The first time I tried to walk both dogs was pure comedy. I’m sure my neighbors were all calling one another and running to the window to see the hilarity of it. Max walked slowly, minutes could go by and he’d only gone four or five feet. The beauty of those walks were that birds would land right next to him, squirrels would run up to him. He was my gentle giant. Melvin on the other hand was terrible on leash and walked (read pulled) as if he’d never been outdoors before. Squirrels not only ran from him, they made an alarming clicking noise to warn their family that T-Rex was close by. When I tried to walk them together, my arms were stretched to capacity in opposite directions. Lesson learned, by day two I was going on eight dog walks a day; one dog four times each. As for Melvin’s pulling, the first thing I did was get him a Gentle Leader. Without it, we probably wouldn’t have made it (physically or mentally)!
Melvin’s Delaware foster family woke early, they’d warned me that Melvin was used to rising at 5am. I was concerned. I love sleep. I’m not the type to sleep until noon and I rarely nap but I need my eight hours. Although Melvin started off in the crate (in order to give Max some space when needed) I wanted him to sleep upstairs with the rest of us. By the end of the night Melvin seemed mellow enough that he wasn’t going to try to engage Max in play and it would give Max opportunity to teach Melvin 1. the beauty of having his own dog bed and 2. which bed belonged to him.
The first night was pure torture. Melvin couldn’t relax. He kept jumping up on the bed which would be followed by Max barking at him because if Max couldn’t jump up on the bed (arthritis) then no dog could. When he wasn’t jumping up on the bed he was pacing or scratching (all I knew at this point was he had allergies and took pills but it was at night I started realizing how miserable he was). When he scratched his tags would jingle like sleigh bells. He paced, jumped on the bed and itched. Repeat, repeat, repeat. I was torn with what to do but tried to let him work it out. If I comforted him every time, there was a very good chance he was going to require it from then on. I didn’t want that. At 3am I took him to his crate and he cried for an hour. I brought him back up. He paced. By 6am he finally laid down. I couldn’t believe it. He sighed, I sighed,we’d succeeded! At exactly 6:04 a tree limb broke and went crashing into my neighbor’s house, a noise so loud the walls shook. Melvin leapt four feet in the air and I knew the night was over.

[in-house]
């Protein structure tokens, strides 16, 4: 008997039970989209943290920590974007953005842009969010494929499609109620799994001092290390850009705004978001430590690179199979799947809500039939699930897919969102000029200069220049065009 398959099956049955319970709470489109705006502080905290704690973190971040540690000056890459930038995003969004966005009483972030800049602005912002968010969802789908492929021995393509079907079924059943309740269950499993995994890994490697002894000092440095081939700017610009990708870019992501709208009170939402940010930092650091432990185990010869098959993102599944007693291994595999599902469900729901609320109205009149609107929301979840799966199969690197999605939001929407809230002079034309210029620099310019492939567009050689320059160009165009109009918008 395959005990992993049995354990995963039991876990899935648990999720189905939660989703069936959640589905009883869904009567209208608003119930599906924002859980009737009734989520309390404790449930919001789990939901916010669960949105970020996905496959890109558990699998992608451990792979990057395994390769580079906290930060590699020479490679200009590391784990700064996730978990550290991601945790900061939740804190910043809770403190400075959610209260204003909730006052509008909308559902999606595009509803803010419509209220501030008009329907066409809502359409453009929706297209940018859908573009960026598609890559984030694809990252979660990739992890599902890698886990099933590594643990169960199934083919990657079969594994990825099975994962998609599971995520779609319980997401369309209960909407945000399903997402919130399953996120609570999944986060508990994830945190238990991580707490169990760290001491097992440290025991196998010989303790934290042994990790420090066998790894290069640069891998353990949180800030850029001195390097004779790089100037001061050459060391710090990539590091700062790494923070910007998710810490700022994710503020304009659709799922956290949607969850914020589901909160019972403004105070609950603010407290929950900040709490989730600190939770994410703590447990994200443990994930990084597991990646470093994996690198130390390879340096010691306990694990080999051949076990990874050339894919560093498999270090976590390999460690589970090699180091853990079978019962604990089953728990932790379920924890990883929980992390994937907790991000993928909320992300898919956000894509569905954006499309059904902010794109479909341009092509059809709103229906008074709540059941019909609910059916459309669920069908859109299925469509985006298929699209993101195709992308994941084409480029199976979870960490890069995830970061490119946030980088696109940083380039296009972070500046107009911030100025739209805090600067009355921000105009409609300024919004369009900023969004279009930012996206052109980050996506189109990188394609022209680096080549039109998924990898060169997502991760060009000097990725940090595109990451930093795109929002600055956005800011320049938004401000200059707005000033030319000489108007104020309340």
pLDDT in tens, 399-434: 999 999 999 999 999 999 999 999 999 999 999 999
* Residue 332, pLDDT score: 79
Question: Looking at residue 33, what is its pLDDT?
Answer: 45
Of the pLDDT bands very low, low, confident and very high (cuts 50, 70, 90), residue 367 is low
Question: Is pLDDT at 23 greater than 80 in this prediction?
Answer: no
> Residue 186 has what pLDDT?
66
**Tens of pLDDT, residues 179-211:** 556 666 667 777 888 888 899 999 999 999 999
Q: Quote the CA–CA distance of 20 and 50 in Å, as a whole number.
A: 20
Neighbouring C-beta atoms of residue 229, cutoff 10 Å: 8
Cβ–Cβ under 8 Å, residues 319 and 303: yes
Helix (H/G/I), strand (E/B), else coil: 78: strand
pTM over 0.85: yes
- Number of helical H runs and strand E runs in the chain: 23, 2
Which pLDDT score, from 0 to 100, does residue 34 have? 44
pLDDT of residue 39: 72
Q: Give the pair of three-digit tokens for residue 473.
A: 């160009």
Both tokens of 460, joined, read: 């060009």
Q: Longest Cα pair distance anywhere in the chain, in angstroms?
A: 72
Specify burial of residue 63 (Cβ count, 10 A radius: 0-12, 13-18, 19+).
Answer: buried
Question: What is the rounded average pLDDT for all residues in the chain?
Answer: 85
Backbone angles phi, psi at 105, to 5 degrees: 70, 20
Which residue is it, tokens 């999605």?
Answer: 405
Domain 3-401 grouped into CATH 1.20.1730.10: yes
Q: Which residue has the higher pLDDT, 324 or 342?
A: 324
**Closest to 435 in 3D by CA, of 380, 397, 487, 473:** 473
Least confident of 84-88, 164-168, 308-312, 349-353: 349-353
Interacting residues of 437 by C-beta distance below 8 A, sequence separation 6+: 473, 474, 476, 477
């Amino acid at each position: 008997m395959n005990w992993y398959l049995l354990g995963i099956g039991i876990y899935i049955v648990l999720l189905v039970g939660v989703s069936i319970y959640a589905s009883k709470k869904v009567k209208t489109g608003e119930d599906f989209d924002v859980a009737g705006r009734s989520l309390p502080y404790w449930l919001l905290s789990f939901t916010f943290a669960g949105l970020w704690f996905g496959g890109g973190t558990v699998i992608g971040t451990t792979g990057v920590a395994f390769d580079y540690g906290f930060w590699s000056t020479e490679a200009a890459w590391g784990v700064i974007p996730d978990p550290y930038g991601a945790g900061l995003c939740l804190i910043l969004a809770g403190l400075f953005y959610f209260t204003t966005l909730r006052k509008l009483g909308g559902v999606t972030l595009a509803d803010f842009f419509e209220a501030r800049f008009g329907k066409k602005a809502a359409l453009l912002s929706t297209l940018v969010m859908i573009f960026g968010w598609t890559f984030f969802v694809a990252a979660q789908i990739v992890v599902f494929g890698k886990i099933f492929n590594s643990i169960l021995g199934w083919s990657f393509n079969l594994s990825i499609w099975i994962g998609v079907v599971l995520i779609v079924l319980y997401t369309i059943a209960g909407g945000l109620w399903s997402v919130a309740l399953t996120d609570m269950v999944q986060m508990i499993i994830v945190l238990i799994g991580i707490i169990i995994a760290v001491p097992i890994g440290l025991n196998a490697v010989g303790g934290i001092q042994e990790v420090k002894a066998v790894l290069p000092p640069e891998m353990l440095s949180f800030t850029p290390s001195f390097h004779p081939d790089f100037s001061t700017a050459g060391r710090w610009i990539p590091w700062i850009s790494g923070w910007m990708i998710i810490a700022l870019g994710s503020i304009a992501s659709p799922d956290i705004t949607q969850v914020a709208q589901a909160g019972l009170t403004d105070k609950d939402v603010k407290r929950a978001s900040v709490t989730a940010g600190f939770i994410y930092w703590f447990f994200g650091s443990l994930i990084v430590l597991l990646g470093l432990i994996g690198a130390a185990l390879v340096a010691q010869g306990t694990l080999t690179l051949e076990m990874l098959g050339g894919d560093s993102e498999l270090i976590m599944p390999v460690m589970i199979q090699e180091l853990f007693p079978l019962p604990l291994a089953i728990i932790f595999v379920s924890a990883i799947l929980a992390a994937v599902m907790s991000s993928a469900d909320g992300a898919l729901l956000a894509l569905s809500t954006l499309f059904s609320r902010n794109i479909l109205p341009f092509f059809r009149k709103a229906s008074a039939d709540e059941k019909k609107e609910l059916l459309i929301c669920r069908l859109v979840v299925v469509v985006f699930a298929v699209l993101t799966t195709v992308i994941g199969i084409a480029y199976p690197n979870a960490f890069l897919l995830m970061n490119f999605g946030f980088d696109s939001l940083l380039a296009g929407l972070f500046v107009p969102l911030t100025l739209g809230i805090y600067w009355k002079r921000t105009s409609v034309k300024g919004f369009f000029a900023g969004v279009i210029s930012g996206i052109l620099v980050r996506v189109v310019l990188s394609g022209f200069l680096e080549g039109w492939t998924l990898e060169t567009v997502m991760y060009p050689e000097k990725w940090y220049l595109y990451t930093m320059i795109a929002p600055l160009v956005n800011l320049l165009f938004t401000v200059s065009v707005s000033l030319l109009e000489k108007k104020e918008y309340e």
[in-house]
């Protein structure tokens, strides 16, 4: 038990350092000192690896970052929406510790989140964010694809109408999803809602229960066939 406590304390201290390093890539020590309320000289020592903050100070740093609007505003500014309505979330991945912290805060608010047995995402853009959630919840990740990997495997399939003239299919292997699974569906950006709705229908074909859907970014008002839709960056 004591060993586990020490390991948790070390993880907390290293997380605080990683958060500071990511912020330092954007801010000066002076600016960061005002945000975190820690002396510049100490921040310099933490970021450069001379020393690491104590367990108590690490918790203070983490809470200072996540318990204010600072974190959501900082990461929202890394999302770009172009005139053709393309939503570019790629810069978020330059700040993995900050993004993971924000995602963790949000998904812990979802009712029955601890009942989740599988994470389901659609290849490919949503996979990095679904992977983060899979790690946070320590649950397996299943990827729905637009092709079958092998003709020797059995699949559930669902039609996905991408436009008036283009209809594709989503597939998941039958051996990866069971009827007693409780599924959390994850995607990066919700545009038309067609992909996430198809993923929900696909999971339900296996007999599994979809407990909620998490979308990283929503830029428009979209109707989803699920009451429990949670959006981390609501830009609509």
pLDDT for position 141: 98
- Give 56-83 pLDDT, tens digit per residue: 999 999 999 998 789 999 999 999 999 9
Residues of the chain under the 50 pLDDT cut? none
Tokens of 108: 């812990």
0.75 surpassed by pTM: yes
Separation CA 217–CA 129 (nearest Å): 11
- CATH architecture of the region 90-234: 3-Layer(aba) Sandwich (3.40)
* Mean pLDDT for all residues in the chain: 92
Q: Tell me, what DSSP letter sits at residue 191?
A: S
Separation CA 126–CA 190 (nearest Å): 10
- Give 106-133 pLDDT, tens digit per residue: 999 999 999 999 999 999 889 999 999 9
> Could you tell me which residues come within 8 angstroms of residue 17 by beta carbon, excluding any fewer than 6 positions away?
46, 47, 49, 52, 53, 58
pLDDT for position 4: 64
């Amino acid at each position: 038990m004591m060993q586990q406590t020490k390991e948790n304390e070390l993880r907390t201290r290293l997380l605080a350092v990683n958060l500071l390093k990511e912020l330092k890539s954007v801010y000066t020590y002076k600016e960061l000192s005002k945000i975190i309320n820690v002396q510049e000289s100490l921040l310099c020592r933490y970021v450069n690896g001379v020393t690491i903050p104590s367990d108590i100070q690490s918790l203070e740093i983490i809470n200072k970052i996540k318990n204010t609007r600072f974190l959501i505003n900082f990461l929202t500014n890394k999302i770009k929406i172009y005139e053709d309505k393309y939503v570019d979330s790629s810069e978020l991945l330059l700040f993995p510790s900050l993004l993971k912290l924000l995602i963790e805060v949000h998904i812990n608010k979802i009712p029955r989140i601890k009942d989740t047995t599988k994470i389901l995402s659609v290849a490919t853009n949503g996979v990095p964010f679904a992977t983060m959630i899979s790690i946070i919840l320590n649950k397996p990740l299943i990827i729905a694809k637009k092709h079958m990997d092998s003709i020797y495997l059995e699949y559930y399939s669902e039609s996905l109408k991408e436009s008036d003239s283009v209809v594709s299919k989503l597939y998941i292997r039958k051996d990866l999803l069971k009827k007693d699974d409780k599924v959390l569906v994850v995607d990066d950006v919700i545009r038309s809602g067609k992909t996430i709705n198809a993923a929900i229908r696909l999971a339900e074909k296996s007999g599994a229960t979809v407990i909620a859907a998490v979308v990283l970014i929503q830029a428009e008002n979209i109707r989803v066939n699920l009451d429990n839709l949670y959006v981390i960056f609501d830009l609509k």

For two weeks after that sleepless night I’d carry his massive crate up the steps every night (and back down in the morning)so he could feel safe but still be with us. It took about a month for him to sleep through the night. It took about three months for him to stop waking at 5am. Fast forward to today, Melvin enjoys the snooze bar, sleeps in as late as I do and recently slept through a false fire alarm.
The beginning is tough but just like everything else you get through it. Melvin was nervous and it was my job to be patient and not add to his anxiety. He wasn’t going to relax just because I told him to, I was a stranger and he didn’t speak human. Resolve and understanding got us through. And wine. And Tylenol PM.